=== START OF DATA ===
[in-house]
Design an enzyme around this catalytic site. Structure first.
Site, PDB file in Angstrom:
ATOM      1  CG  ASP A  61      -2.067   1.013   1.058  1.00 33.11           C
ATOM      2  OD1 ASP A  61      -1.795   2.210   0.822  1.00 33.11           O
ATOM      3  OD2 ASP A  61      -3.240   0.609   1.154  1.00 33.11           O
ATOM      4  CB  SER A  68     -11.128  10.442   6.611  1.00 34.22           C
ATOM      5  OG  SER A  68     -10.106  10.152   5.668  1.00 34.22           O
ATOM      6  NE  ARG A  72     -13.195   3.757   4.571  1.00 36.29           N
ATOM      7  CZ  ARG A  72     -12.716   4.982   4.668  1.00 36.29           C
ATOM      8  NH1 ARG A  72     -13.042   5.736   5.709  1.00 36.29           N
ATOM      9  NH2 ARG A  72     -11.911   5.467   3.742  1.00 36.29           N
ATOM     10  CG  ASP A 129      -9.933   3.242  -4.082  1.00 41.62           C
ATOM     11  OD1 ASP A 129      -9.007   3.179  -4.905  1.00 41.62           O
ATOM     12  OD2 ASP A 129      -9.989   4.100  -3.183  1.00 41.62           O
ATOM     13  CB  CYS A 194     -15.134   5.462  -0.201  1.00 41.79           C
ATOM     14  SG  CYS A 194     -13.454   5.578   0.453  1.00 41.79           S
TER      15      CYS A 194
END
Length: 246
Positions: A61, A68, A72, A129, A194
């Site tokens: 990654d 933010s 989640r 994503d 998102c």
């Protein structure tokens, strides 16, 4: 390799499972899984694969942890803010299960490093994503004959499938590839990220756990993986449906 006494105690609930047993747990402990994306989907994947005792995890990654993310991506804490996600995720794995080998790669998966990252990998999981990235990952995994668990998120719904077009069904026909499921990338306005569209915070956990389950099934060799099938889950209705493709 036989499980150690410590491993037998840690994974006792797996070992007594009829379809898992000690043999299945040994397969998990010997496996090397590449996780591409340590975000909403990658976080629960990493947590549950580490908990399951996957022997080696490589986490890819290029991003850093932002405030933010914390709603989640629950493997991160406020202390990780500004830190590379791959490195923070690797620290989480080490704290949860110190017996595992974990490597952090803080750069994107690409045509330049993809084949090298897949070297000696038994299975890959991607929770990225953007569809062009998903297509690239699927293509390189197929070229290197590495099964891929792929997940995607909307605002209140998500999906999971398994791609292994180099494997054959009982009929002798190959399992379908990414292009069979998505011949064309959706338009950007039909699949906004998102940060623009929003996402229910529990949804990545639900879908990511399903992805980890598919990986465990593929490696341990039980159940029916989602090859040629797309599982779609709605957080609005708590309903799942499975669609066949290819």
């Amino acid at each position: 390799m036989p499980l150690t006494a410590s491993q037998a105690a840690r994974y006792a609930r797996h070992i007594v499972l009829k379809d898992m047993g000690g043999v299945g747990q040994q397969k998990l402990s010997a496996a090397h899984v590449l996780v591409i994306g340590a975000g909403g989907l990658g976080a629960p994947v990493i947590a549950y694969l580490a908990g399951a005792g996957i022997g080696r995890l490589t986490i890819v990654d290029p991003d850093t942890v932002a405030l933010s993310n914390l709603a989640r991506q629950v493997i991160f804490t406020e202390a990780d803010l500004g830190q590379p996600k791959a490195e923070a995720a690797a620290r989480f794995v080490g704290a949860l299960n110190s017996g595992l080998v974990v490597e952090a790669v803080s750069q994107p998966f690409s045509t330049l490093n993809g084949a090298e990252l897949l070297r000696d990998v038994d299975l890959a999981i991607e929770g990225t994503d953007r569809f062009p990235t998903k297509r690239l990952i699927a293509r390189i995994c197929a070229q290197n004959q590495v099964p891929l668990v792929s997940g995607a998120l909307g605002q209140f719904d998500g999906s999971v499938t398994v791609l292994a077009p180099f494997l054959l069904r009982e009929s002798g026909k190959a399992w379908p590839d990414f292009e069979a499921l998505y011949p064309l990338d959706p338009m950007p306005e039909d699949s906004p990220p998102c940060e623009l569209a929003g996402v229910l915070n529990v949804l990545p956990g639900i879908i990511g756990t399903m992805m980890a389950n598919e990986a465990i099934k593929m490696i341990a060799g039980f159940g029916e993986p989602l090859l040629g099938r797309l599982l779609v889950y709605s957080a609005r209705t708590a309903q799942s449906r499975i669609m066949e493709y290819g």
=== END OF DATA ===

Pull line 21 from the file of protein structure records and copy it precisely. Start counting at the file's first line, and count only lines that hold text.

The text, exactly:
Positions: A61, A68, A72, A129, A194